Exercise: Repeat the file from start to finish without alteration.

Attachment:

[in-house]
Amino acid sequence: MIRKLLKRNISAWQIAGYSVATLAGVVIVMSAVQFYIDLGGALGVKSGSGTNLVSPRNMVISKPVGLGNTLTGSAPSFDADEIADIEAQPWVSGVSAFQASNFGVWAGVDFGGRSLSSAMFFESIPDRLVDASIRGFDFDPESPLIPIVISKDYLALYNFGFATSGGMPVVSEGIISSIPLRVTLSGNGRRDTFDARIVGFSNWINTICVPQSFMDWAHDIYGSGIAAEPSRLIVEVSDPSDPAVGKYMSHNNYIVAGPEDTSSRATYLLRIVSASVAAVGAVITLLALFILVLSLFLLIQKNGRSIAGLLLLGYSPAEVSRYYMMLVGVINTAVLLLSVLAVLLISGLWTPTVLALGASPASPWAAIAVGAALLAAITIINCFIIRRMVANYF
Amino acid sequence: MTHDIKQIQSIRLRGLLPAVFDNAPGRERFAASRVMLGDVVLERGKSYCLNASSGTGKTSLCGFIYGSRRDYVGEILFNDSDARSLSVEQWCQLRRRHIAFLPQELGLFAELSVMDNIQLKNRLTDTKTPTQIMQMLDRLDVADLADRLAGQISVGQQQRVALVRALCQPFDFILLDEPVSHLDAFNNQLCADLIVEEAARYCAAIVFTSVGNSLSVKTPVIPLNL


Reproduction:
[in-house]
Amino acid sequence: MIRKLLKRNISAWQIAGYSVATLAGVVIVMSAVQFYIDLGGALGVKSGSGTNLVSPRNMVISKPVGLGNTLTGSAPSFDADEIADIEAQPWVSGVSAFQASNFGVWAGVDFGGRSLSSAMFFESIPDRLVDASIRGFDFDPESPLIPIVISKDYLALYNFGFATSGGMPVVSEGIISSIPLRVTLSGNGRRDTFDARIVGFSNWINTICVPQSFMDWAHDIYGSGIAAEPSRLIVEVSDPSDPAVGKYMSHNNYIVAGPEDTSSRATYLLRIVSASVAAVGAVITLLALFILVLSLFLLIQKNGRSIAGLLLLGYSPAEVSRYYMMLVGVINTAVLLLSVLAVLLISGLWTPTVLALGASPASPWAAIAVGAALLAAITIINCFIIRRMVANYF
Amino acid sequence: MTHDIKQIQSIRLRGLLPAVFDNAPGRERFAASRVMLGDVVLERGKSYCLNASSGTGKTSLCGFIYGSRRDYVGEILFNDSDARSLSVEQWCQLRRRHIAFLPQELGLFAELSVMDNIQLKNRLTDTKTPTQIMQMLDRLDVADLADRLAGQISVGQQQRVALVRALCQPFDFILLDEPVSHLDAFNNQLCADLIVEEAARYCAAIVFTSVGNSLSVKTPVIPLNL